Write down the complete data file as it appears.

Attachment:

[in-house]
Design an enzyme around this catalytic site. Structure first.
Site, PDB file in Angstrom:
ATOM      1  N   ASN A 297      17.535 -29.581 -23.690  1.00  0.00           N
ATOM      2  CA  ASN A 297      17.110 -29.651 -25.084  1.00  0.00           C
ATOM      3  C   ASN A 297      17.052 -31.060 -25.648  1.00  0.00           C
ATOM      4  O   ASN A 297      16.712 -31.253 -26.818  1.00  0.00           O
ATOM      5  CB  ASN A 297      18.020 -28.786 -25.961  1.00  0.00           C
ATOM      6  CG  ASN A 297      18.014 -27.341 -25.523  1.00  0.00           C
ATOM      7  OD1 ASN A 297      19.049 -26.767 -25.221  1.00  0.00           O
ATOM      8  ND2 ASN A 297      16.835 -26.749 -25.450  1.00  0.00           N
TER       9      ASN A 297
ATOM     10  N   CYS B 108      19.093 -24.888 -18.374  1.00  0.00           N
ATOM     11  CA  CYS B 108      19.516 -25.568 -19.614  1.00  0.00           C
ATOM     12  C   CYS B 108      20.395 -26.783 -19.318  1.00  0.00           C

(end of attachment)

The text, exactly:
[in-house]
Design an enzyme around this catalytic site. Structure first.
Site, PDB file in Angstrom:
ATOM      1  N   ASN A 297      17.535 -29.581 -23.690  1.00  0.00           N
ATOM      2  CA  ASN A 297      17.110 -29.651 -25.084  1.00  0.00           C
ATOM      3  C   ASN A 297      17.052 -31.060 -25.648  1.00  0.00           C
ATOM      4  O   ASN A 297      16.712 -31.253 -26.818  1.00  0.00           O
ATOM      5  CB  ASN A 297      18.020 -28.786 -25.961  1.00  0.00           C
ATOM      6  CG  ASN A 297      18.014 -27.341 -25.523  1.00  0.00           C
ATOM      7  OD1 ASN A 297      19.049 -26.767 -25.221  1.00  0.00           O
ATOM      8  ND2 ASN A 297      16.835 -26.749 -25.450  1.00  0.00           N
TER       9      ASN A 297
ATOM     10  N   CYS B 108      19.093 -24.888 -18.374  1.00  0.00           N
ATOM     11  CA  CYS B 108      19.516 -25.568 -19.614  1.00  0.00           C
ATOM     12  C   CYS B 108      20.395 -26.783 -19.318  1.00  0.00           C